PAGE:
Learning from other health systems

In June 2015, the Bundesinstitut für Arzneimittel und Medizinprodukte — the German medicines and medical devices regulator — issued a drug safety bulletin which advised that if the loss of active substance in the residual volume exceeds 5–10%, the efficacy of the medical drug might be reduced[9]. This threshold will be exceeded whenever short-term infusions with small volumes (<100mL) are administrated. For most medicinal drugs, a loss of active substance must also not be neglected in case of volumes up to 200mL. Flushing the infusion system with an appropriate flushing solution at a constant flow rate is required. The effect of the residual volume can also be reduced by switching to infusion systems that have lower priming volumes, or by increasing the total volume of the infusion by dilution.

Calling for guidance

I have written to the editors of UK infusion guidance publications to raise the issue of incomplete infusions and underdosing — I have requested that they update their guidance at the earliest opportunity.

I have also written to the patient safety team at NHS Improvement, the Nursing and Midwifery Council, and the chief inspector of hospitals at the Care Quality Commission, to inform them of this risk and to request action to improve patient safety.

As a way forward, I suggest that NHS Improvement issues a patient safety alert, which would raise awareness of this risk in the NHS, and direct staff to updated national guidance and local procedures to assist them in administering small-volume drug infusions more accurately and safely.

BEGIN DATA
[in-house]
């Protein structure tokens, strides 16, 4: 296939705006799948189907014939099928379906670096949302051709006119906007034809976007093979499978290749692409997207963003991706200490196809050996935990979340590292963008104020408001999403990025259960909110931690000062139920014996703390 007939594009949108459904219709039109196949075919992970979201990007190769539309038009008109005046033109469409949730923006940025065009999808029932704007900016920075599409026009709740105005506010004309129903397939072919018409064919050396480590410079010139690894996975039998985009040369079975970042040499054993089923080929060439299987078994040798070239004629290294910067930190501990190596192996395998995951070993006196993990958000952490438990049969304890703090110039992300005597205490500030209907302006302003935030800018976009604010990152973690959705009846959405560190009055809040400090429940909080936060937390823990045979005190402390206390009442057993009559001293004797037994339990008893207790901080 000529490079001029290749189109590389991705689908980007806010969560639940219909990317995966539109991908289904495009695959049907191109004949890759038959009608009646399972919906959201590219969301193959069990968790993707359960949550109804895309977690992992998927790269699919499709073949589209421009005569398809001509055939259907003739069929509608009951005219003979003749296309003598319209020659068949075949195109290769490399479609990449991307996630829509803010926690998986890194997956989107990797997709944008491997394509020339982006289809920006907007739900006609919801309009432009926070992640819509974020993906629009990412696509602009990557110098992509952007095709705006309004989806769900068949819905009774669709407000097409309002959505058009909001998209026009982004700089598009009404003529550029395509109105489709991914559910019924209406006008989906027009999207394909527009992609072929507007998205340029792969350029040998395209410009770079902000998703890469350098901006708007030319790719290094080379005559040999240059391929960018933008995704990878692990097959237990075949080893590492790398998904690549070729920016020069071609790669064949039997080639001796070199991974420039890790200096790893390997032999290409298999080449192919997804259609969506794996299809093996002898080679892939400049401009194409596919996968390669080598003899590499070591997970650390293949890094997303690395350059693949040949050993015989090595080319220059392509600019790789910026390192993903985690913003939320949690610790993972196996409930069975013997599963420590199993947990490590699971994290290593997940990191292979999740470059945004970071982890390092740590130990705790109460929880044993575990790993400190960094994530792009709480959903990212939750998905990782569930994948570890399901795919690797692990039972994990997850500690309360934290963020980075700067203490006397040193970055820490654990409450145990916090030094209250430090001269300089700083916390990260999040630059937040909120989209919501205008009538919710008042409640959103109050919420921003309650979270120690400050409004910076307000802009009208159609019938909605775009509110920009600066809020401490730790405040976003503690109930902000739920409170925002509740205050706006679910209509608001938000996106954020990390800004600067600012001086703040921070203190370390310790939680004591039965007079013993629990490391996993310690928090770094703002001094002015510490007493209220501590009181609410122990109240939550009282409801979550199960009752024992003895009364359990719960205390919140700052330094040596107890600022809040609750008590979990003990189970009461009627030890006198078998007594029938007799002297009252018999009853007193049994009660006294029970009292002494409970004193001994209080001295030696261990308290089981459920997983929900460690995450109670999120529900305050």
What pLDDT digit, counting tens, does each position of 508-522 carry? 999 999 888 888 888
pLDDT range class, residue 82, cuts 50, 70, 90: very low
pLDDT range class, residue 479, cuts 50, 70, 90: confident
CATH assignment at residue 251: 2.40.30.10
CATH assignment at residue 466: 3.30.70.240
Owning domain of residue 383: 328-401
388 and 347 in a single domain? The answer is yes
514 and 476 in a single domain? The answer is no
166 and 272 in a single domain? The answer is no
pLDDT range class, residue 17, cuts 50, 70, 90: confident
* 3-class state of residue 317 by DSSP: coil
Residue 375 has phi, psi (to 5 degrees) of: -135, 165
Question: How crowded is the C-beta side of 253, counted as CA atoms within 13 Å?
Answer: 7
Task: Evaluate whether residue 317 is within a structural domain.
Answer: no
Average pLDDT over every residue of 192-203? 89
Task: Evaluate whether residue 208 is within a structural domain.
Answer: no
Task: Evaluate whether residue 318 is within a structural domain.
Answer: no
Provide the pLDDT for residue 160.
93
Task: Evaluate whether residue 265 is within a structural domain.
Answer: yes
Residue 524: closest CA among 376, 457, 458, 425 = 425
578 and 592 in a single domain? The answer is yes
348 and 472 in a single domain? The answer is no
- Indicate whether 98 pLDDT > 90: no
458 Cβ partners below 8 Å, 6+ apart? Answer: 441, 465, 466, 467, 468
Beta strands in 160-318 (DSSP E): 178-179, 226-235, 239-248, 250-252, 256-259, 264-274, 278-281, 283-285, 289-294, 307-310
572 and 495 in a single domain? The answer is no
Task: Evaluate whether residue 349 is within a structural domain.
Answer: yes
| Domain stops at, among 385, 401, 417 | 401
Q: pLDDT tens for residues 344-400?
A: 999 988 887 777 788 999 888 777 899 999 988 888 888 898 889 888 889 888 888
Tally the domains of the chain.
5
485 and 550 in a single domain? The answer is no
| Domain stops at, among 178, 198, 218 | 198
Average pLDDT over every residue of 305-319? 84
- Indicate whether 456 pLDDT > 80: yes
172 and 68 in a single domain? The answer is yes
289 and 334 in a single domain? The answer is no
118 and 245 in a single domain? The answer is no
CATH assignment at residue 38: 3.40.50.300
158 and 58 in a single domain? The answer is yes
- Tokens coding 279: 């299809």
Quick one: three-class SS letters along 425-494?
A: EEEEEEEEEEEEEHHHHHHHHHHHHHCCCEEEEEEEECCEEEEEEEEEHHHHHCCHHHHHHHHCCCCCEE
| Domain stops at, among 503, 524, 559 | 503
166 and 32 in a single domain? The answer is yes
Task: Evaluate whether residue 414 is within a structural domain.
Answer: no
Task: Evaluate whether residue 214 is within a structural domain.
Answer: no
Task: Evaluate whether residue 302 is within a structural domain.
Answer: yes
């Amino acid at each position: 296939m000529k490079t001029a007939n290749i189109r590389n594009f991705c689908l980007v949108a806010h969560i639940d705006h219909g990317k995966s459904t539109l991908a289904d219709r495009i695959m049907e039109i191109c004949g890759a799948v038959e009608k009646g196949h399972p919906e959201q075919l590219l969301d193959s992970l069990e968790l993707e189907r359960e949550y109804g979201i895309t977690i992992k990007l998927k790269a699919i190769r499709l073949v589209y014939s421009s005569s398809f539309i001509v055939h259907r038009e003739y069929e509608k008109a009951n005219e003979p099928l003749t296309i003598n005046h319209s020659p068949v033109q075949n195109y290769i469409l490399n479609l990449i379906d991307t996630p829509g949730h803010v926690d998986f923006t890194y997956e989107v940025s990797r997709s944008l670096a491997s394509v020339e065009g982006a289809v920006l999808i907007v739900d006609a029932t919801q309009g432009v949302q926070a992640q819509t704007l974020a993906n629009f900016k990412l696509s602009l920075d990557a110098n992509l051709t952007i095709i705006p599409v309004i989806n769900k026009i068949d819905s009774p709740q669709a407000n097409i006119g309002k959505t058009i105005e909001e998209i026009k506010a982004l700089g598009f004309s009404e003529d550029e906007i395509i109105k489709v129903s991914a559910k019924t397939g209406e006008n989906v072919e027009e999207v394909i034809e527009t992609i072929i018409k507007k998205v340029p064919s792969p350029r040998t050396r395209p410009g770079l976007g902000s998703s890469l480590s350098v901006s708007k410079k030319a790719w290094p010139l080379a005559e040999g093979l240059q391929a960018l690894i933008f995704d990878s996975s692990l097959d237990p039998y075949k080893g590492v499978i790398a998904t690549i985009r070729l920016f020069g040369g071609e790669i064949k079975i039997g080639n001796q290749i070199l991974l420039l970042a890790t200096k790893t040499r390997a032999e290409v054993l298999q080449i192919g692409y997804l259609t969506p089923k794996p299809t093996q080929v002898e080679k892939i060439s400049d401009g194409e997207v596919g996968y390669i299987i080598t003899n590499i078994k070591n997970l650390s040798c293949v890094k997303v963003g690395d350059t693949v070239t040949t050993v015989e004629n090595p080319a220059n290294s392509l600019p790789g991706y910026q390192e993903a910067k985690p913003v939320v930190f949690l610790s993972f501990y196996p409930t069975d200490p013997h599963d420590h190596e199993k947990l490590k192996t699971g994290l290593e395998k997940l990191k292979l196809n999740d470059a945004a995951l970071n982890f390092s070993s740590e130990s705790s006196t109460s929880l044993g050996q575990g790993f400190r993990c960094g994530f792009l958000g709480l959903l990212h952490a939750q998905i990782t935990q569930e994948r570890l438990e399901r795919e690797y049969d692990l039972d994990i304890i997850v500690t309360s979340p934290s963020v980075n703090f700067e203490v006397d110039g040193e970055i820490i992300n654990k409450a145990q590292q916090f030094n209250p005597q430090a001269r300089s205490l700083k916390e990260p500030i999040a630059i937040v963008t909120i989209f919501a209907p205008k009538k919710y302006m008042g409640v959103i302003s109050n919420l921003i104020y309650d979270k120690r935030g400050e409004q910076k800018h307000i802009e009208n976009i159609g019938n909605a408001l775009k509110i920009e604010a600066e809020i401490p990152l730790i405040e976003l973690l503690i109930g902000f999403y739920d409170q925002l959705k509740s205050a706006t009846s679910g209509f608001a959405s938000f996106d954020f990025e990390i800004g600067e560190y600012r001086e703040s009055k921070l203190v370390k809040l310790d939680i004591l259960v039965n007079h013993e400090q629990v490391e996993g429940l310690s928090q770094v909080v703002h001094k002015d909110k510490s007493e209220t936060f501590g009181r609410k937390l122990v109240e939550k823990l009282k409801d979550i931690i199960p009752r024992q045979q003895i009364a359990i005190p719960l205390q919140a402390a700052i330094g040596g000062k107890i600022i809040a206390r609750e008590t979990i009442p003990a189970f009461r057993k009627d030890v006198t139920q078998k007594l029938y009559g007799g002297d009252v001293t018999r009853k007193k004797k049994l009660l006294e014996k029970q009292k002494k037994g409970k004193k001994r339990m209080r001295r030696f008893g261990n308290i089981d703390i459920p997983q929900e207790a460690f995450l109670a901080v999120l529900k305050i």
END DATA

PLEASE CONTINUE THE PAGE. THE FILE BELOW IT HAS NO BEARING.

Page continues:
Hospital pharmacists should review written procedures and practices for administering small-volume infusions in their own organisation and — working in multidisciplinary teams — take the necessary action to clarify and improve practice to ensure patient safety.

David Cousins, independent safe medication practice consultant; former head of safe medication practice, National Patient Safety Agency and NHS England

The British National Formulary, the Royal College of Nursing and the Medicines and Healthcare products Regulatory Agency are reviewing their guidance on intravenous infusions. The editors of the Marsden Manual of Clinical Nursing Procedures were ed for comment.

A spokesperson for NHS Improvement said:

“We encourage patients and staff to report patient safety issues so that we can help the NHS improve. All back and issues raised to us — through correspondence, the National Reporting and Learning System, or other routes — are carefully considered so that appropriate action is taken to help stop the same thing from happening to someone else. We will continue to work closely with the NHS to ensure patients receive the best care possible.”

Citation: Clinical Pharmacist DOI: 10.1211/CP.2018.20205779